KPMG's CEO Reveals How to Be a Strong Diversity Leader

KPMG CEO and Chairman John Veihmeyer asserts that his strict commitment and daily, personal communication with mid-level managers is the best way to generate buy-in.

Even top-performing companies like KPMG, No. 22 in the 2012 DiversityInc Top 50 and our 2011 Top Company for Talent Pipeline, face challenges when generating buy-in on inclusion efforts from middle management. KPMG Chairman and CEO John Veihmeyer knows the pivotal role diversity has to his firm's business operations and has personally invested himself to make sure all his decision makers are impassioned to reach those goals.

"When I came into this role, it was really important that we elevated the visibility of diversity as an objective force," recalled Veihmeyer as he spoke with DiversityInc CEO Luke Visconti at a DiversityInc event. He discussed with Visconti why he believes equitable values are key to an inclusive workplace and how best to communicate those to the entire organization.

He noted that communicating the importance of diversity doesn't stop with memos, emails and webcasts. "You will fall flat on your face," he said.

Read: CEO Commitment: Why Visibility & Accountability Matter

Generating Buy-In

Veihmeyer had to convey KPMG's goals to all leaders of local business units—a total of 150 people—and connect with them on a daily basis. "If you aren't passionate about this, then you can't be in your leadership role, and we do have people who don't respond the right way," he said. He noted that all 22,000 employees might not yet buy in, but it is imperative to have his 150 local leaders on board.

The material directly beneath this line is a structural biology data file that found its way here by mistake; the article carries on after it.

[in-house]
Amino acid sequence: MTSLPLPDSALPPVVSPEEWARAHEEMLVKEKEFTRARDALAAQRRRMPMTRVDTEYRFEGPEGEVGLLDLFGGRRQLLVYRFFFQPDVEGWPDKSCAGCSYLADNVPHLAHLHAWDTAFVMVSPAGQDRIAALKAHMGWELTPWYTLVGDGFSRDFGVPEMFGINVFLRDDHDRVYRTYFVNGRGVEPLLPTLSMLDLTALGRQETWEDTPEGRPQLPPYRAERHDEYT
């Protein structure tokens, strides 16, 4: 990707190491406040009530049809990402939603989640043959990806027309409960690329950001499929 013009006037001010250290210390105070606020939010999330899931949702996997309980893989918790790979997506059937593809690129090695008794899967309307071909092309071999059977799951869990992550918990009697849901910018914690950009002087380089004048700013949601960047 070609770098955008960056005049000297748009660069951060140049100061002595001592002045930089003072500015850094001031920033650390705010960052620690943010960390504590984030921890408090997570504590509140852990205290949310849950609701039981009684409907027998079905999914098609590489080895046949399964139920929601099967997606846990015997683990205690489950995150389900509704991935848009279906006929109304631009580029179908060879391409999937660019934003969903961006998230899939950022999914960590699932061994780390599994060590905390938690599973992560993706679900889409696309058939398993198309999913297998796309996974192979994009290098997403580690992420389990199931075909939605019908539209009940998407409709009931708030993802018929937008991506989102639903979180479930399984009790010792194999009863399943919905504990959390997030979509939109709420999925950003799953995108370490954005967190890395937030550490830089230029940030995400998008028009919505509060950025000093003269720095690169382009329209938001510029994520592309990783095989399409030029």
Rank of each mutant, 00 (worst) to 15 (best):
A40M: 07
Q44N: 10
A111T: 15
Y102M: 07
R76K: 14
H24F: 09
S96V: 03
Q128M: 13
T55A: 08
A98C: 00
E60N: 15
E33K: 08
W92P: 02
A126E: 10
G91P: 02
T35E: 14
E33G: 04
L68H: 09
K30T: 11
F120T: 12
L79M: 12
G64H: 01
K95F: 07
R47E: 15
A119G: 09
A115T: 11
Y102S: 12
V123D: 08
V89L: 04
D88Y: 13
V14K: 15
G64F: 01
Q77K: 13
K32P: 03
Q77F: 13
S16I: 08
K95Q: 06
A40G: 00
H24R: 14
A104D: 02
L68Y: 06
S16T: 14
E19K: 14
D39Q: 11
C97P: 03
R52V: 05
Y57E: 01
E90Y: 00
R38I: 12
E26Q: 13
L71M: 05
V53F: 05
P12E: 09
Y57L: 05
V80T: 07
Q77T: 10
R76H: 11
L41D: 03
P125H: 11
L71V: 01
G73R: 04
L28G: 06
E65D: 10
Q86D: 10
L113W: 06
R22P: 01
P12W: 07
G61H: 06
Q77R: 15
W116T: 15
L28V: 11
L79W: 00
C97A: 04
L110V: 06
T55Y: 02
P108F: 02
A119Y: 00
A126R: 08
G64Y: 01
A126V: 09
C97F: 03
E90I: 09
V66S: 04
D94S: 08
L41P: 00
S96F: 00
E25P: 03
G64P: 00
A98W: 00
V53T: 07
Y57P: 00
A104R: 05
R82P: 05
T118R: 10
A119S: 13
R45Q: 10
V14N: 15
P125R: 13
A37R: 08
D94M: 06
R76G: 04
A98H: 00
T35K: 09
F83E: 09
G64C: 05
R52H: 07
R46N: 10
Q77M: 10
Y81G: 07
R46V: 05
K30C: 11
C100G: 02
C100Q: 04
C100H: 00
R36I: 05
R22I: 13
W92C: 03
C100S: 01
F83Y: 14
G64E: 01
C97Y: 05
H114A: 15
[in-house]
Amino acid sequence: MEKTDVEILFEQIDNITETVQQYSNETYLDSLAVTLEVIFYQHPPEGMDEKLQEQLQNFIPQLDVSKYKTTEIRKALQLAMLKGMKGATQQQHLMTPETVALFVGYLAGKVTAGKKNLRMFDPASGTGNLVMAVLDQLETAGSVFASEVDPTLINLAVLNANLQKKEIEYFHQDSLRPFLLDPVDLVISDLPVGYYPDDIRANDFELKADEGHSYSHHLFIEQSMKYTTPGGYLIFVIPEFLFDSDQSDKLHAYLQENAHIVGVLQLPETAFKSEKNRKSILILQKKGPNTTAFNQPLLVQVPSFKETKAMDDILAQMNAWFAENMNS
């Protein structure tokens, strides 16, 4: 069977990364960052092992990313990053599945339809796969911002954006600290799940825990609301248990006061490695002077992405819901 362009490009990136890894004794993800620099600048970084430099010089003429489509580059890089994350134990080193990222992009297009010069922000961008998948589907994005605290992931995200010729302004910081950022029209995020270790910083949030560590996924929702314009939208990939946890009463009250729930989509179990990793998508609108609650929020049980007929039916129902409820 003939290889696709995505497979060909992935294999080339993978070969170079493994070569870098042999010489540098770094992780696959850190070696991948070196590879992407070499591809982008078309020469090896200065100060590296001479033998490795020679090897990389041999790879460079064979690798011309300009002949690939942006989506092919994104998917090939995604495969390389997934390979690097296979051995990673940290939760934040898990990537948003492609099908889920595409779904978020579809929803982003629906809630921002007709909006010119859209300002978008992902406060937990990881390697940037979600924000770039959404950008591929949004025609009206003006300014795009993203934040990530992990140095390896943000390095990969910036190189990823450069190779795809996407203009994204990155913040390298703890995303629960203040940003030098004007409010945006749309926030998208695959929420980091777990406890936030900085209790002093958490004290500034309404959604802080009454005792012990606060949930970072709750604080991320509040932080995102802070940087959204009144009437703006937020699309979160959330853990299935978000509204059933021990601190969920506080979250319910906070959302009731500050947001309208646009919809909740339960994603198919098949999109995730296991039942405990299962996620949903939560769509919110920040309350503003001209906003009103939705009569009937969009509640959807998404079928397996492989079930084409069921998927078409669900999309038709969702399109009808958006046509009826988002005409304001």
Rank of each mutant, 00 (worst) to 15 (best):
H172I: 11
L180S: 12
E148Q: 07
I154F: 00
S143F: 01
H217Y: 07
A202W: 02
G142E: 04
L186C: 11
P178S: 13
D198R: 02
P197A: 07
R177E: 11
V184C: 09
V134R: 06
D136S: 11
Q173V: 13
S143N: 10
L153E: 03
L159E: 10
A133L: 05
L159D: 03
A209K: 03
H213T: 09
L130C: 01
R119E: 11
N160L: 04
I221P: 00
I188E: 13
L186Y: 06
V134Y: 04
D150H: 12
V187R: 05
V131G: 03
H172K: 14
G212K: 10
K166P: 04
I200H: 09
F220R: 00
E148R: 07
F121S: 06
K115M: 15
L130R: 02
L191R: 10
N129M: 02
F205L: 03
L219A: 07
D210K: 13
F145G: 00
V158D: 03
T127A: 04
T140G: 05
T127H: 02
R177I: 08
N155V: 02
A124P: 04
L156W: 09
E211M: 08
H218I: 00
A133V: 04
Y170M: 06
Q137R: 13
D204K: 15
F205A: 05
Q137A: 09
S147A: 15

"Diversity is not just a nice thing to do because we are all good people. It's about trying to connect the dots and intellectually make the case for why we won't grow as fast, be as profitable, have the best latent and achieve all of our objectives without inclusion," he added.

Recruiting & Retention

Talent management is also high on KPMG's agenda. Despite high unemployment rates, the firm globally is facing a talent shortage. It has shifted its thinking toward an environment of sponsorship.

Veihmeyer says this mentality is an active responsibility for career progression among employees. KPMG has a Leaders Engaging Leaders program in which participants take responsibility for at least two high potentials and are held accountable for their continued growth and resignations.

Community Connection

Additionally, KPMG encourages volunteerism and community outreach. Veihmeyer believes that there is a connection between how you treat employees and clients. "I think those drawn to caring about community and making a difference in the lives of people can look at clients from an empathetic standpoint," he said. "It's not just about generating a fee but finding solutions and getting to the next level."

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